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  • gap55u
    replied
    My billing/revenue coders were seemingly shocked, but BCBS paid for a physical exam 99395 + 99214. We'll see how much that a) boosts my wrvu and b) simultaneously tanks my patient satisfaction now that patients don't get a free visit for their wellness plus 7 unrelated questions they've saved up for 4 months.

    To the question at hand: I follow USPSTF for screenings, judicious additional labs, spend time on habits & prevention, etc. I do exposed skin, heart, lungs, belly. rarely a thyroid.(particularly the look in ears, check the throat song and dance is silly). A crusty peds NP made snippy comments repeatedly about how I didn't look in her ears on physicals so I put it on my stickynote. Dumb, but it takes a worthless second and her complaints took longer. With the skin exam of exposed skin, if I see AK's I'll freeze them, or consider derm referral if bluelight approrpiate. Time permitting, and derm referral NOT gonna happen, I'll do a TBSE particularly for someone with RF or AK's. I am typically discussing other preventive stuff as I do that portion of the exam. I also ask the ROS as I examine the particular body part, unless there is reason to be specifically concerned otherwise (hx CHF - I'll ask the CHF stuff in a chunk, etc).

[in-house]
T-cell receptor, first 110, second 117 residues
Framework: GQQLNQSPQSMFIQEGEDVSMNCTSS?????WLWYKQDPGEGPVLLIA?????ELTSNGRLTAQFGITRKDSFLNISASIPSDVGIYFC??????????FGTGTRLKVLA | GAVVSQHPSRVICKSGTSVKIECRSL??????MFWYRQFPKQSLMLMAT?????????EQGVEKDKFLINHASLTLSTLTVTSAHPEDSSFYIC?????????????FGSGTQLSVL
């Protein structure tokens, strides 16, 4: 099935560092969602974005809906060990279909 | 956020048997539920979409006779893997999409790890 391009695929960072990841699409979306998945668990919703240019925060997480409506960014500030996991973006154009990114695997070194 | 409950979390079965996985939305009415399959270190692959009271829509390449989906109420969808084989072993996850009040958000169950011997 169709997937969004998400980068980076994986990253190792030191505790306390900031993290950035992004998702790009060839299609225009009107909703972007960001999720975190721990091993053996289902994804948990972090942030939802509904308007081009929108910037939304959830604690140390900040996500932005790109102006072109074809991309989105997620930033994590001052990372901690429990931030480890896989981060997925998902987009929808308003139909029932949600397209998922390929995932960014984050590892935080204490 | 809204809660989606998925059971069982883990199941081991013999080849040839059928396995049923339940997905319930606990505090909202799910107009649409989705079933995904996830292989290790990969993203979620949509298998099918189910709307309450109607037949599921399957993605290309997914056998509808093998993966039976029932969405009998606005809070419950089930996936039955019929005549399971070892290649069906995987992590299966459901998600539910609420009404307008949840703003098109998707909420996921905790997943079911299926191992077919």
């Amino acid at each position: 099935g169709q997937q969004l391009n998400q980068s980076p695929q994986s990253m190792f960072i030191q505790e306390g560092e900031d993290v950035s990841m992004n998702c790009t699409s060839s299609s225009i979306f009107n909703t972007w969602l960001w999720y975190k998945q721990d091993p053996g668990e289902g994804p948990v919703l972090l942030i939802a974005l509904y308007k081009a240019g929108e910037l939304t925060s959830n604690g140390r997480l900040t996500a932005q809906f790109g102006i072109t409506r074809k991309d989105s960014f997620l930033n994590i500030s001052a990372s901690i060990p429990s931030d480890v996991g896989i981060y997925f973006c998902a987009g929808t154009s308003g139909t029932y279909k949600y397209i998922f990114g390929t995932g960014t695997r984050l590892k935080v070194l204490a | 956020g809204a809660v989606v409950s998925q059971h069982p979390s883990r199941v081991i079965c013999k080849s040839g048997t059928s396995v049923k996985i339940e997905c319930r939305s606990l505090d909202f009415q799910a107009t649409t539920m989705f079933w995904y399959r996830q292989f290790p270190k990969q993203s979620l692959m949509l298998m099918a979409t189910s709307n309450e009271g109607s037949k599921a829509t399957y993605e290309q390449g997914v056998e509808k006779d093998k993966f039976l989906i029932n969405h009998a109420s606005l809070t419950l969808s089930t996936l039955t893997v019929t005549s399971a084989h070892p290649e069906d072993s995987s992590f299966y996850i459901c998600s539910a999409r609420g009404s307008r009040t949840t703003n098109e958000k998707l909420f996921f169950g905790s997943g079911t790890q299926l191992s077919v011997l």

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  • Savedfpdoc
    replied
    Originally posted by gap55u View Post
    I want to go back to all the primary care doc's out there. For commercial insurance (BCBS etc), NOT medicare, NOT tricare, NOT medicaid-- tell me if you are paid for 9939X -25 and 99214. Example: I do a wellness exam, and evaluate new rheumatological complaints. Or new possible OSA or new mood symptoms, or have to start a med for HTN, or HLD. All of these things are examples where I'm doing a substantial additional E&M. My coder (and revenue people) are telling me that pediatrics and medicaid may cover this, but our payors do not. I've suggested we take some clear examples, bill,and follow the bill - they have asked tor reach out to the carrier instead and have not gotten back to me. FWIW, I am in the southeast -- when you reply (DM is fine) please let me know rough region you're in.
    I’m in Texas. regular Medicaid will also allow it but managed Medicaid won’t .

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  • Savedfpdoc
    replied
    Originally posted by gap55u View Post